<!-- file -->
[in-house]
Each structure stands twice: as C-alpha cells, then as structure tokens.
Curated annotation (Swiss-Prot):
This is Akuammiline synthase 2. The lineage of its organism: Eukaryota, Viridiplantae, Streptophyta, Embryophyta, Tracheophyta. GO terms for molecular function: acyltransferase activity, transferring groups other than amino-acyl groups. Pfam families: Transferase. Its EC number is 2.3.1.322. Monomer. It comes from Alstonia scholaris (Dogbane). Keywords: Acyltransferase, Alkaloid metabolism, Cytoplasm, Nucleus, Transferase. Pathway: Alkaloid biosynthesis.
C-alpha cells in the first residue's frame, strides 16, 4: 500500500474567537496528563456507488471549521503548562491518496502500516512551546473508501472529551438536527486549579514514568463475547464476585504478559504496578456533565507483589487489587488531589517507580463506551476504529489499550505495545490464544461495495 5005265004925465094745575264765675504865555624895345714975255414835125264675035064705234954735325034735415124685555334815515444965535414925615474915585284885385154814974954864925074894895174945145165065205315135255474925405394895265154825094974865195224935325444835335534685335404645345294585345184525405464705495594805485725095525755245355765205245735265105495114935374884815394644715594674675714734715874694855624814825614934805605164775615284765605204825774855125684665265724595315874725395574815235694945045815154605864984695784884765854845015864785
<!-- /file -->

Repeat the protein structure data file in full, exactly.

[in-house]
Each structure stands twice: as C-alpha cells, then as structure tokens.
Curated annotation (Swiss-Prot):
This is Akuammiline synthase 2. The lineage of its organism: Eukaryota, Viridiplantae, Streptophyta, Embryophyta, Tracheophyta. GO terms for molecular function: acyltransferase activity, transferring groups other than amino-acyl groups. Pfam families: Transferase. Its EC number is 2.3.1.322. Monomer. It comes from Alstonia scholaris (Dogbane). Keywords: Acyltransferase, Alkaloid metabolism, Cytoplasm, Nucleus, Transferase. Pathway: Alkaloid biosynthesis.
C-alpha cells in the first residue's frame, strides 16, 4: 500500500474567537496528563456507488471549521503548562491518496502500516512551546473508501472529551438536527486549579514514568463475547464476585504478559504496578456533565507483589487489587488531589517507580463506551476504529489499550505495545490464544461495495 5005265004925465094745575264765675504865555624895345714975255414835125264675035064705234954735325034735415124685555334815515444965535414925615474915585284885385154814974954864925074894895174945145165065205315135255474925405394895265154825094974865195224935325444835335534685335404645345294585345184525405464705495594805485725095525755245355765205245735265105495114935374884815394644715594674675714734715874694855624814825614934805605164775615284765605204825774855125684665265724595315874725395574815235694945045815154605864984695784884765854845015864785